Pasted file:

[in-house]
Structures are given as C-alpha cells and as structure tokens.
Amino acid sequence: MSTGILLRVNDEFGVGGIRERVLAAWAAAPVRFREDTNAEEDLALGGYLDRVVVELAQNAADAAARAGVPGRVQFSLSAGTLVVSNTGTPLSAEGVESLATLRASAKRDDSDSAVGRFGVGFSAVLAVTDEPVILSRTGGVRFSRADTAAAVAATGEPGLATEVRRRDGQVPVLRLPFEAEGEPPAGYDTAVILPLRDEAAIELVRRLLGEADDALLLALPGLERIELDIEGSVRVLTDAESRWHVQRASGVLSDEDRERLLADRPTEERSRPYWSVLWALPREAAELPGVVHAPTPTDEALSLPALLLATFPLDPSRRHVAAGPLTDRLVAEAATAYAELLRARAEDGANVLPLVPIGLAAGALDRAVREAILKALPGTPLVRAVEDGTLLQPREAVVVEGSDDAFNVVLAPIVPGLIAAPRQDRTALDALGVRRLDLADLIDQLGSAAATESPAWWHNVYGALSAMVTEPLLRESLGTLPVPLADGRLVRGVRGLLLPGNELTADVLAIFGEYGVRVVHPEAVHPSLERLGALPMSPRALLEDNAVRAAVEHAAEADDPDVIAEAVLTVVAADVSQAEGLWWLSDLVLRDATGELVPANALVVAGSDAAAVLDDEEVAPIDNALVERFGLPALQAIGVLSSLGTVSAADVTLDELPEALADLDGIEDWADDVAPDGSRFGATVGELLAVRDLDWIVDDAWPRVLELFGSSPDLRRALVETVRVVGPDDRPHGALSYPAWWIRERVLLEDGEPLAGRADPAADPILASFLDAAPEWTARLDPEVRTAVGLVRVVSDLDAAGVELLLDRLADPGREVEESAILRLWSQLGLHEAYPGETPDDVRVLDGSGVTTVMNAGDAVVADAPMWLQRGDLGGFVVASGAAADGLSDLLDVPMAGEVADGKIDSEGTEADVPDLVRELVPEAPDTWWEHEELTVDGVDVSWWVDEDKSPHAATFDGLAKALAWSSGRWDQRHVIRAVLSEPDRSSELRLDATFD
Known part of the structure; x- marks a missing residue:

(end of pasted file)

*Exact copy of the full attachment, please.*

[in-house]
Structures are given as C-alpha cells and as structure tokens.
Amino acid sequence: MSTGILLRVNDEFGVGGIRERVLAAWAAAPVRFREDTNAEEDLALGGYLDRVVVELAQNAADAAARAGVPGRVQFSLSAGTLVVSNTGTPLSAEGVESLATLRASAKRDDSDSAVGRFGVGFSAVLAVTDEPVILSRTGGVRFSRADTAAAVAATGEPGLATEVRRRDGQVPVLRLPFEAEGEPPAGYDTAVILPLRDEAAIELVRRLLGEADDALLLALPGLERIELDIEGSVRVLTDAESRWHVQRASGVLSDEDRERLLADRPTEERSRPYWSVLWALPREAAELPGVVHAPTPTDEALSLPALLLATFPLDPSRRHVAAGPLTDRLVAEAATAYAELLRARAEDGANVLPLVPIGLAAGALDRAVREAILKALPGTPLVRAVEDGTLLQPREAVVVEGSDDAFNVVLAPIVPGLIAAPRQDRTALDALGVRRLDLADLIDQLGSAAATESPAWWHNVYGALSAMVTEPLLRESLGTLPVPLADGRLVRGVRGLLLPGNELTADVLAIFGEYGVRVVHPEAVHPSLERLGALPMSPRALLEDNAVRAAVEHAAEADDPDVIAEAVLTVVAADVSQAEGLWWLSDLVLRDATGELVPANALVVAGSDAAAVLDDEEVAPIDNALVERFGLPALQAIGVLSSLGTVSAADVTLDELPEALADLDGIEDWADDVAPDGSRFGATVGELLAVRDLDWIVDDAWPRVLELFGSSPDLRRALVETVRVVGPDDRPHGALSYPAWWIRERVLLEDGEPLAGRADPAADPILASFLDAAPEWTARLDPEVRTAVGLVRVVSDLDAAGVELLLDRLADPGREVEESAILRLWSQLGLHEAYPGETPDDVRVLDGSGVTTVMNAGDAVVADAPMWLQRGDLGGFVVASGAAADGLSDLLDVPMAGEVADGKIDSEGTEADVPDLVRELVPEAPDTWWEHEELTVDGVDVSWWVDEDKSPHAATFDGLAKALAWSSGRWDQRHVIRAVLSEPDRSSELRLDATFD
Known part of the structure; x- marks a missing residue: